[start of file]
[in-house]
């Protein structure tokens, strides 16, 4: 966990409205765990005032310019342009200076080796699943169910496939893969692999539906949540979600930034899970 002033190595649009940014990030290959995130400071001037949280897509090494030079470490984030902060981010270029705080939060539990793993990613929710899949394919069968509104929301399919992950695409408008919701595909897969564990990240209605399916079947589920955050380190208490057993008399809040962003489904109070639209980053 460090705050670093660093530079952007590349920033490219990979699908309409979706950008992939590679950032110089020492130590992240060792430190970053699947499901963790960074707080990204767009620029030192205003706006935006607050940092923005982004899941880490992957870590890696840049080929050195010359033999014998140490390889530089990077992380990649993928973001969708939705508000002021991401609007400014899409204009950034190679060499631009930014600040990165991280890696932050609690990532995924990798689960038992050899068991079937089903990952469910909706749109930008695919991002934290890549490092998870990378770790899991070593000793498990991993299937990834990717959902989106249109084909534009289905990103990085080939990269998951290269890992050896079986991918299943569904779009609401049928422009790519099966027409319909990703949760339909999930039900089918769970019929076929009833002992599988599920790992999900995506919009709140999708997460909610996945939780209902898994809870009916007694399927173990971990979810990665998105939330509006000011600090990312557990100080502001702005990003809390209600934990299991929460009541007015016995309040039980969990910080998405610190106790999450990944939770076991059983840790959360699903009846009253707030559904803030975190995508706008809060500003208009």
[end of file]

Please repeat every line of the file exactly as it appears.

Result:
[in-house]
């Protein structure tokens, strides 16, 4: 966990409205765990005032310019342009200076080796699943169910496939893969692999539906949540979600930034899970 002033190595649009940014990030290959995130400071001037949280897509090494030079470490984030902060981010270029705080939060539990793993990613929710899949394919069968509104929301399919992950695409408008919701595909897969564990990240209605399916079947589920955050380190208490057993008399809040962003489904109070639209980053 460090705050670093660093530079952007590349920033490219990979699908309409979706950008992939590679950032110089020492130590992240060792430190970053699947499901963790960074707080990204767009620029030192205003706006935006607050940092923005982004899941880490992957870590890696840049080929050195010359033999014998140490390889530089990077992380990649993928973001969708939705508000002021991401609007400014899409204009950034190679060499631009930014600040990165991280890696932050609690990532995924990798689960038992050899068991079937089903990952469910909706749109930008695919991002934290890549490092998870990378770790899991070593000793498990991993299937990834990717959902989106249109084909534009289905990103990085080939990269998951290269890992050896079986991918299943569904779009609401049928422009790519099966027409319909990703949760339909999930039900089918769970019929076929009833002992599988599920790992999900995506919009709140999708997460909610996945939780209902898994809870009916007694399927173990971990979810990665998105939330509006000011600090990312557990100080502001702005990003809390209600934990299991929460009541007015016995309040039980969990910080998405610190106790999450990944939770076991059983840790959360699903009846009253707030559904803030975190995508706008809060500003208009």